Listen to the episode HERE.
INTRO: Hello deep thinkers, this is your host Agrita and welcome to Mind Full of Everything, the podcast that questions the deeper and bigger things in life, from intersectional environmentalism to self-development and everything else in between. I got the wonderful opportunity to talk to Gretchen Hernandez, a men’s mental health coach and founder of the My Freedom Grove podcast. Gretchen believes that with the rise of feminism and the gendered roles still prevalent in society, we have essential prohibited men from expressing themselves or seeking professional mental wellbeing help, which only feeds into toxic masculinity further. Through forming a private men’s facebook group Unshakable and providing a platform for men’s personal journeys, Gretchen ensures that when it comes to removal of mental health stigmas, men should be included in the conversation too.
Agrita: To start off, it would be amazing if you could tell us all about your journey of becoming a men’s mental health coach and what really inspired you to specialise in men’s mental health.
Gretchen: Oh sure, I would be more than happy to! First I want to thank you Agrita for having me on your podcast, it’s truly an honour.
Agrita: You’re welcome!
Gretchen: So, I started my journey to become a men’s mindset coach and founder of My Freedom Grove through an intersection of things happening in my life and also a change in my work position. So I was working in a pharmaceutical company and I had been in the corporate environment for 25 years, starting off as a microbiologist and then going into a system specialist and eventually into all of the business analysis and process improvement. So, in the 2016 timeframe, business was changing. Government wanted us to lower the cost of pharmaceutical products and my company wanted to have a big change. So, they wanted to change all of the leaders from a traditional leadership mindset into servant leaders where they were empowering all of the folks, all of the employees, to have an entrepreneurial mindset. So that was also different for the employees, to have an entrepreneurial mindset as opposed to an employee mindset. So, they tasked my group with becoming coaches, cultural transformation coaches, in addition to all of our lean business transformation. So at the time in my life, I was also going through a lot of stress. I was always the strong person in my life. I was the one that everybody always turned to when they needed help.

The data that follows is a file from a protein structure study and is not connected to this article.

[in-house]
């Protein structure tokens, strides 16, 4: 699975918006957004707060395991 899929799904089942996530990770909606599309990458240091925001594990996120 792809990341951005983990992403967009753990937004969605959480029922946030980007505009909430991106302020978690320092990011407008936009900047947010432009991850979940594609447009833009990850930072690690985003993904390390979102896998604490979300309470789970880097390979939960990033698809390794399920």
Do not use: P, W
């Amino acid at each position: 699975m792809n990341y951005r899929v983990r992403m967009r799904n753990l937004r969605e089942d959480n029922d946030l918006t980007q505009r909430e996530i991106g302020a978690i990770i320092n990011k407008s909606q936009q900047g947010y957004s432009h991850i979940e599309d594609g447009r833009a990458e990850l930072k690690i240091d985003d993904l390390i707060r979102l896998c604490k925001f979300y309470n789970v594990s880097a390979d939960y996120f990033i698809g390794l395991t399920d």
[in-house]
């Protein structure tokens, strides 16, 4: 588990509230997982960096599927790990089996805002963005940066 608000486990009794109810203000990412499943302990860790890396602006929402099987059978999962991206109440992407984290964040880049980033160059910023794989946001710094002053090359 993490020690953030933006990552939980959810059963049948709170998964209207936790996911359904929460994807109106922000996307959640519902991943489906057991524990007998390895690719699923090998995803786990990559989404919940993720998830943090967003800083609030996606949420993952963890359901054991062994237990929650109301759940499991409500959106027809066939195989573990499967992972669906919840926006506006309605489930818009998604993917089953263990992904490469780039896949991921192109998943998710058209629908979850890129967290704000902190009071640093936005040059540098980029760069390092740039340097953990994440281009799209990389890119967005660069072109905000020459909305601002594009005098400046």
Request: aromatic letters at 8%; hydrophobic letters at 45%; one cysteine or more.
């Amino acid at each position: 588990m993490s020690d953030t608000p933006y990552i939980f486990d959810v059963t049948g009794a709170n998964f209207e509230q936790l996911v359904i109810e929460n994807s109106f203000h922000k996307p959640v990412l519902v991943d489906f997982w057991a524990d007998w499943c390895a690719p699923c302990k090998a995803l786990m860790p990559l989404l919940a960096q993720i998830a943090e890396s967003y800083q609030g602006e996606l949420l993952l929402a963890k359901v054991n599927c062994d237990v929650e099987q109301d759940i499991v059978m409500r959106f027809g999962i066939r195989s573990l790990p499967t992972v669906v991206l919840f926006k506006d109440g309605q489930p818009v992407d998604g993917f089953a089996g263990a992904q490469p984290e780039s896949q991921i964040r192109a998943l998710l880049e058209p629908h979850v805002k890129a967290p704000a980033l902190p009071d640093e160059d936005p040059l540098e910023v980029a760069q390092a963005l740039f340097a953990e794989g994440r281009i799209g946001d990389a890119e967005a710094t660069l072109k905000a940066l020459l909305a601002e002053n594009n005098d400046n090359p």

Gretchen: I had folks in my life that were dealing with depression, with anxiety, with PTSD. My children, one of them, has autism and other one has Tourette’s and OCD and both of my sons had become suicidal. At one point my husband was suicidal, my mom was suicidal, and I had been battling depression for about 30 years, so I kept trying to help save a whole of them as best as I could, and the pressure of needing to help everybody at home and then needing to help everybody at work left nothing on my plate for taking care of myself. I had been reaching ou,t trying to get some support through the different counselors, but our insurance was impacted so it was two years I couldn’t get any therapist or counselor, anyone to give me any help, so I was still just trying to push through. So now I had this new thing at work where I needed to transform 1000 people’s mindsets into becoming almost like a different person. I now had all of their emotions popping up. A lot of fear over if they would lose their job or not because there were going to be positions that were getting laid off. And here I was being tasked with being a coach and I had never been a coach before. I had been a project manager. I had been a business analyst. I had been a system specialist. I had done all of these different things, but I had never been a coach, so I decided to go and do some research. It would be nice if the company had provided us some training (laughs), but they didn’t, so I was fortunate enough to find the life coach industry. I didn’t even know that life coaching was a thing. And I discovered Brooke Castillo and The Life Coach School, and she taught me all about cognitive behaviour therapy and how our mind processes the world. And I got to experience watching her coach other people and watch how she was doing it and learn a lot of her techniques. So, in order to practice and become a good coach, I decided to practice on myself first and what I found was that I was actually resolving a lot of the things that were causing me to have depression and anxiety and I started to practice on my family of being a coach instead of being a rescuer. It was a little bumpy at first, but it started to work out better and their depression and anxiety actually started to get better. So then once I was able to really hone-in that skill, I was able to take that into my corporate environment, incorporate those types of tools and I was helping people left and right to not only change their mindset and change how they were viewing work and strategy and how to contribute value, but I was also helping them to manage their depression and anxiety. I was in the fortunate situation where I was assigned to a group that was comprised of 154 men (laughs). So, I had executives plus I had the full workforce and so I got really experienced at helping men and I would do it coaching in group settings as well as 1-1 behind doors. And what I found was once we were 1-1 behind doors, then the men started to feel very comfortable opening up to me because they knew I wouldn’t expose them (laughs) to anybody else and share with me the things that were really going on. I could empower them with learning these different tools and techniques, coach them through some of the things causing them pain, which were all thoughts and their mindset, old belief patterns,